Jim Carrey Shares Intricate Scare Prank Pulled on Norm Macdonald at Universal Studios

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Hollywood Reporter 15 September, 2021 - 07:04pm 17 views

Who died on Saturday Night Live?

Norm Macdonald, the acerbic, sometimes controversial comedian familiar to millions as the “Weekend Update” anchor on “Saturday Night Live” from 1994 to 1998, died on Tuesday in Los Angeles. He was 61. His manager, Marc Gurvitz, confirmed the death. The New York TimesNorm Macdonald, ‘Saturday Night Live’ Comedian, Dies at 61

Norm Macdonald: To Hell With Flossing | Late Night with Conan O’Brien

CBC News: The National 16 September, 2021 - 08:40am

Norm MacDonald Dead at 61

Entertainment Tonight 16 September, 2021 - 08:40am

Norm Macdonald made you laugh by doing almost nothing | David Baddiel

The Guardian 15 September, 2021 - 09:01am

I was hooked. Much as I love many American standups, Norm – who was Canadian – had something going on which I perceive is unusual in that world. American standups are often clever and insightful and satirical and possessed of extraordinary stagecraft, but not that many of them are what I would call funny-boned: by which I mean, Eric Morecambe-boned, the ability to make you laugh while doing virtually nothing. Norm totally was. Watch him on Weekend Update on SNL, the gig that made him most famous. He often does nothing. He says the joke, and then leaves – on live American TV – the longest silence, letting the laughs build simply by the force of his impossibly twinkly eyes. Of course the joke in Norm’s case, was often something that most people would not say. That too was part of his technique, the juxtaposition between his extreme comic touchstones – “crack whore” was virtually one of his catchphrases – and his apparent sweetness. That sweetness is there too in his astonishing TV chatshow appearances – only Billy Connolly comes close for the greatness of these – notably in his legendary reframing on Conan of an old joke about a moth as if it were a Dostoevsky novel.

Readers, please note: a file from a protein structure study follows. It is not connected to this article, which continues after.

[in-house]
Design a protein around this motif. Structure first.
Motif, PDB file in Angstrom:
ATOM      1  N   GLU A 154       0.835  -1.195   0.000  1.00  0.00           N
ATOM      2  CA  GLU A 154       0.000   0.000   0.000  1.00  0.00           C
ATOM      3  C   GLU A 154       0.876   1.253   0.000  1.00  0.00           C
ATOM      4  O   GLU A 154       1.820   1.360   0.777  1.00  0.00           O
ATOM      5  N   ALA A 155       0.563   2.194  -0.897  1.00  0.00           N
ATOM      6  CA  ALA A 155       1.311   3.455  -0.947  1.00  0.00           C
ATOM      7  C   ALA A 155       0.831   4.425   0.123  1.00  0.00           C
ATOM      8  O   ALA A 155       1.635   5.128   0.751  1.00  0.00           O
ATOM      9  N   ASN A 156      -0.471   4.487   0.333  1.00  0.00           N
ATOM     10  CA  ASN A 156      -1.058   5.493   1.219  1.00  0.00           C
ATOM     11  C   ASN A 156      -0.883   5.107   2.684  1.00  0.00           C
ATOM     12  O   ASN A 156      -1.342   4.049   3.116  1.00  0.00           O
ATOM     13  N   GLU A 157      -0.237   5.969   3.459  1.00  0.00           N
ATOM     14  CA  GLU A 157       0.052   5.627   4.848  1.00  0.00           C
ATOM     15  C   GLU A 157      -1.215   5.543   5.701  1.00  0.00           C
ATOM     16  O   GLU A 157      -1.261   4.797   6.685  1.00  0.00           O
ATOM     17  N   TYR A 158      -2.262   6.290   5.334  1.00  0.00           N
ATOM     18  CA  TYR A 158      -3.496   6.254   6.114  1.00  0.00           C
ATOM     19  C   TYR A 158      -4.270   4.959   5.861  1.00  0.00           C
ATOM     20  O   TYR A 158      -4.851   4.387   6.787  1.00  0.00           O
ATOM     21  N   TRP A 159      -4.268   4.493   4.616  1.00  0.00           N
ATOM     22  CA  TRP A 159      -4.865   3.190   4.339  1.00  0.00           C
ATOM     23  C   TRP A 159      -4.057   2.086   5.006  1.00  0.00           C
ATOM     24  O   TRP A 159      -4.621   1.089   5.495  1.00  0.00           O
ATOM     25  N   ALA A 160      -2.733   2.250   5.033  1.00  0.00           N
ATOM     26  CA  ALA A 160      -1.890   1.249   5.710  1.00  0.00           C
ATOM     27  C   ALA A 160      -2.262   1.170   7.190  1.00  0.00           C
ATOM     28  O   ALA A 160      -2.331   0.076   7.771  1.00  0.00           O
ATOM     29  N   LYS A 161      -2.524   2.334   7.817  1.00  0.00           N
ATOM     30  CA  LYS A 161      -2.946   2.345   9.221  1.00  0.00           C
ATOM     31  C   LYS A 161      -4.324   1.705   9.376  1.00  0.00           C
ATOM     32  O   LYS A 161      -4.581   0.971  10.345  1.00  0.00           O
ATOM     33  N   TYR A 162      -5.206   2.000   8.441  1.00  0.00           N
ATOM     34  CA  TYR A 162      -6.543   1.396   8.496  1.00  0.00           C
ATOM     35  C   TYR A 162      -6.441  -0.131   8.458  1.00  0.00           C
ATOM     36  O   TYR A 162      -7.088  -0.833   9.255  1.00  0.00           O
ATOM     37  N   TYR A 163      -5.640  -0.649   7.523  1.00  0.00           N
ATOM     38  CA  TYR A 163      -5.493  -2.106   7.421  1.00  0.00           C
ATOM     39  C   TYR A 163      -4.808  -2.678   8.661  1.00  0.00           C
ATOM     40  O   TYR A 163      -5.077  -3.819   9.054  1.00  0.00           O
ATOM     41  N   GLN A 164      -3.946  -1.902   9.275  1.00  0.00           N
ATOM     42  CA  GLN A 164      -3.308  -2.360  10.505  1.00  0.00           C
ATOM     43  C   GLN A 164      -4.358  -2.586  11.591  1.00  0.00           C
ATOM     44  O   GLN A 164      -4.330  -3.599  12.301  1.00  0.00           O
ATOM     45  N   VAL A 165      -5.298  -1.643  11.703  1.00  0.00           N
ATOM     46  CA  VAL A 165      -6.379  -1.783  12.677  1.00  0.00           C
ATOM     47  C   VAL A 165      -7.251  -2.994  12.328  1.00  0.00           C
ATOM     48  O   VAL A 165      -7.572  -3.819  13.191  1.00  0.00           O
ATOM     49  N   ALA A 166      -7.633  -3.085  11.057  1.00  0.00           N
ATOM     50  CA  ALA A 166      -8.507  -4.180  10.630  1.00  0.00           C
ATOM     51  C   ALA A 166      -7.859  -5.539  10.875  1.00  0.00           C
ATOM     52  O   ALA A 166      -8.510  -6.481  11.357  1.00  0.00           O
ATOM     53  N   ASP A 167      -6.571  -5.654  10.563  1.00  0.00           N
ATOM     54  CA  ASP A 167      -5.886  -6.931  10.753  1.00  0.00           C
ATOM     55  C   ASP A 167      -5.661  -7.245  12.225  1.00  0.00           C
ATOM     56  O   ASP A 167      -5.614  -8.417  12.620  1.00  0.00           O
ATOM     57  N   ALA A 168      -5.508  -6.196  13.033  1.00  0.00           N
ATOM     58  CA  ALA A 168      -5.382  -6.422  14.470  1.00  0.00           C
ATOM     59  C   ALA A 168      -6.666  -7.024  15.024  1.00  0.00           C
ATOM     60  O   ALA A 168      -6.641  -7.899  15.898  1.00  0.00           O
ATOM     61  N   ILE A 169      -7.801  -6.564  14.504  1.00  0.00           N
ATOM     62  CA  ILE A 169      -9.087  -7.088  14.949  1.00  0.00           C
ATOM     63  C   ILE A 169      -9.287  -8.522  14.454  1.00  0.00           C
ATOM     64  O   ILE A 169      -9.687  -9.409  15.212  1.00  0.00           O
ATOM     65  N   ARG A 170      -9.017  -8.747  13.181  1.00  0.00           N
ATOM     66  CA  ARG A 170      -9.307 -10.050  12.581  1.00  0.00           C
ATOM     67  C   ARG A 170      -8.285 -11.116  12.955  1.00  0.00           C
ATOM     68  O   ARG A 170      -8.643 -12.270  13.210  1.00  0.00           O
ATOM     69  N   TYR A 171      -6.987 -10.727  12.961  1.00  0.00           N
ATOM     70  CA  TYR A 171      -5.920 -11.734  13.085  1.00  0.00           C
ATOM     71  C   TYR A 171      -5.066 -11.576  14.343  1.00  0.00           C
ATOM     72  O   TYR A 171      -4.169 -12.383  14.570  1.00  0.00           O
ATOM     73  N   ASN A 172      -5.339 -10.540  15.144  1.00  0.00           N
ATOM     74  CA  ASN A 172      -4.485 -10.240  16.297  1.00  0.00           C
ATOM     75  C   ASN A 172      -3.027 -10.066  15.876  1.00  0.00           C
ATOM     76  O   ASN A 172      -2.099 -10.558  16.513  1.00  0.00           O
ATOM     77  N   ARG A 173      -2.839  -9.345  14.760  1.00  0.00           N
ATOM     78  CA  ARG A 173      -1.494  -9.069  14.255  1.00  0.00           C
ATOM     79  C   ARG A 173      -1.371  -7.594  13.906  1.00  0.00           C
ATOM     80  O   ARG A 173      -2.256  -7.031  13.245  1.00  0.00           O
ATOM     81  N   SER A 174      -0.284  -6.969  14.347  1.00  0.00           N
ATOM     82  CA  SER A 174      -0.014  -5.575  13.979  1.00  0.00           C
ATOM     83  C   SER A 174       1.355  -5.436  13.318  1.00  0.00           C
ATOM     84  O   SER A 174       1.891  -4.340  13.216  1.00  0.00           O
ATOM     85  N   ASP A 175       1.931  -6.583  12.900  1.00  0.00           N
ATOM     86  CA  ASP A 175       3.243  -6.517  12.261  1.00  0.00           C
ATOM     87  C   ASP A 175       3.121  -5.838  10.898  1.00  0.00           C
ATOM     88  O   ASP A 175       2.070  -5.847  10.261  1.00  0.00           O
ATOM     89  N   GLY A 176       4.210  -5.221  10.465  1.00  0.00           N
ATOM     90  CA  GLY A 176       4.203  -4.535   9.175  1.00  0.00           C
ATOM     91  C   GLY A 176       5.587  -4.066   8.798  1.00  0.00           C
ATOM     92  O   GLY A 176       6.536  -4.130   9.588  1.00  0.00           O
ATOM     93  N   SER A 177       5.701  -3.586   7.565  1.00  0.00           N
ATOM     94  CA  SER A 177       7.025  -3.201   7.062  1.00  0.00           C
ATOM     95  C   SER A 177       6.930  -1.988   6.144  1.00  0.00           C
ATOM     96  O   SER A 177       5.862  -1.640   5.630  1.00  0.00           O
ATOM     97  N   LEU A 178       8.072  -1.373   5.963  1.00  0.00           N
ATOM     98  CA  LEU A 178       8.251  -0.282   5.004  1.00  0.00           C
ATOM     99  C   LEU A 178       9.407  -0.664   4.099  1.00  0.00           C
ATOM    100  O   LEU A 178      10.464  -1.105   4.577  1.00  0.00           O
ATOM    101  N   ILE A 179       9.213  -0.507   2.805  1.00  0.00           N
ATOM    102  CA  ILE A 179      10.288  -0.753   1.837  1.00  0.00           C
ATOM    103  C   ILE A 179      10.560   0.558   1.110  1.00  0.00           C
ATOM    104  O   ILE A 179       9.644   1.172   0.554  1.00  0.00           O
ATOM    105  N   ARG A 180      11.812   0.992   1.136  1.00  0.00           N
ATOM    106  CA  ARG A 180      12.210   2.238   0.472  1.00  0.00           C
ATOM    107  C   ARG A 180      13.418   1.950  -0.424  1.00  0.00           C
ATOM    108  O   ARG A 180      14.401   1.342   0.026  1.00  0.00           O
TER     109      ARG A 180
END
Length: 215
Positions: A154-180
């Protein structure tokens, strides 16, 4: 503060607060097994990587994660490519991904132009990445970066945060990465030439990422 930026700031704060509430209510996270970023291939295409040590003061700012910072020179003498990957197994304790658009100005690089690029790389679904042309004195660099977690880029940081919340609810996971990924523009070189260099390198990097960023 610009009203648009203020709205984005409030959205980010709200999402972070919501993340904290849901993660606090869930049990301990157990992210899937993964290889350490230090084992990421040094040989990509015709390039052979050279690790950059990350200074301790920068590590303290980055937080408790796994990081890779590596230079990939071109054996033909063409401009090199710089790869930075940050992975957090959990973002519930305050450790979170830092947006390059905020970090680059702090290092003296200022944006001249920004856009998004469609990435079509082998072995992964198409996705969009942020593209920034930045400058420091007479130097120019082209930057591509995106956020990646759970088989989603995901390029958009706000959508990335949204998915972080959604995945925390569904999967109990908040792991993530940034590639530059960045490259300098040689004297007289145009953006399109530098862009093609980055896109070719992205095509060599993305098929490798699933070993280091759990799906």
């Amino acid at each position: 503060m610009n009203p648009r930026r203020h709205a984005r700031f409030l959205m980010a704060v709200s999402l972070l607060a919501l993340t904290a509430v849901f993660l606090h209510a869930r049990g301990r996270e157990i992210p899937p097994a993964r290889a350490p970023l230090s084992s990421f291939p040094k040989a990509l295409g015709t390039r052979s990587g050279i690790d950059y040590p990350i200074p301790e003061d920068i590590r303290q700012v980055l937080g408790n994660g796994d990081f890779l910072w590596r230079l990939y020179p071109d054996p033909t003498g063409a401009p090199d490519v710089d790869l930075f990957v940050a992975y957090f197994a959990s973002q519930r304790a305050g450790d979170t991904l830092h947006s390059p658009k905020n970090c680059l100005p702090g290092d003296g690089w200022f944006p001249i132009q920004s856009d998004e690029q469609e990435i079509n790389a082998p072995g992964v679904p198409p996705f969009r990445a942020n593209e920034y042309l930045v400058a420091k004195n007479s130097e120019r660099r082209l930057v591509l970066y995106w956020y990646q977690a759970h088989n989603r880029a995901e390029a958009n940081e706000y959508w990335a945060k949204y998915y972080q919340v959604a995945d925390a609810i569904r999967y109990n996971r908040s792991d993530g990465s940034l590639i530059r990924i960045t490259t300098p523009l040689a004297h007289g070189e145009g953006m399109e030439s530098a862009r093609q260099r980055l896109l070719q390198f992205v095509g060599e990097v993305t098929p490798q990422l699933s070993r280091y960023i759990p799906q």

I never met him. We had one exchange on Twitter, after I’d written something nice about him in this very paper, and he asked if he could see my show about my family. I told him he’d have to come to London, but I very much hoped he could make it over. He never did, but as with all great comedians, I felt I knew him anyway. Later in his career he said some stuff which flirted with what we now call cancellation. I’m not sure he was ever that bothered. He’d been cancelled before cancellation was a thing, sacked from SNL after refusing to stop making jokes about OJ Simpson. And that’s the key thing I love about Norm. A deep commitment to comedy: a fuck it commitment to comedy. We live in complex times for comedy, when it is more policed than it used to be, and some of that is valuable, but some of it may not be conducive to the flourishing of pure funny. Norm was pure funny. The – also very funny – writer Simon Blackwell said to me that watching Norm gave you that “glorious feeling where you’re suspended in that comic register and anything can be said. Not in some route-one shock jock ‘Have I triggered you?’ shit way, but like partaking in a secular mass.” For as long as I live, and laugh, I – an atheist, a superfan – will continue to pray at Norm Macdonald’s altar.

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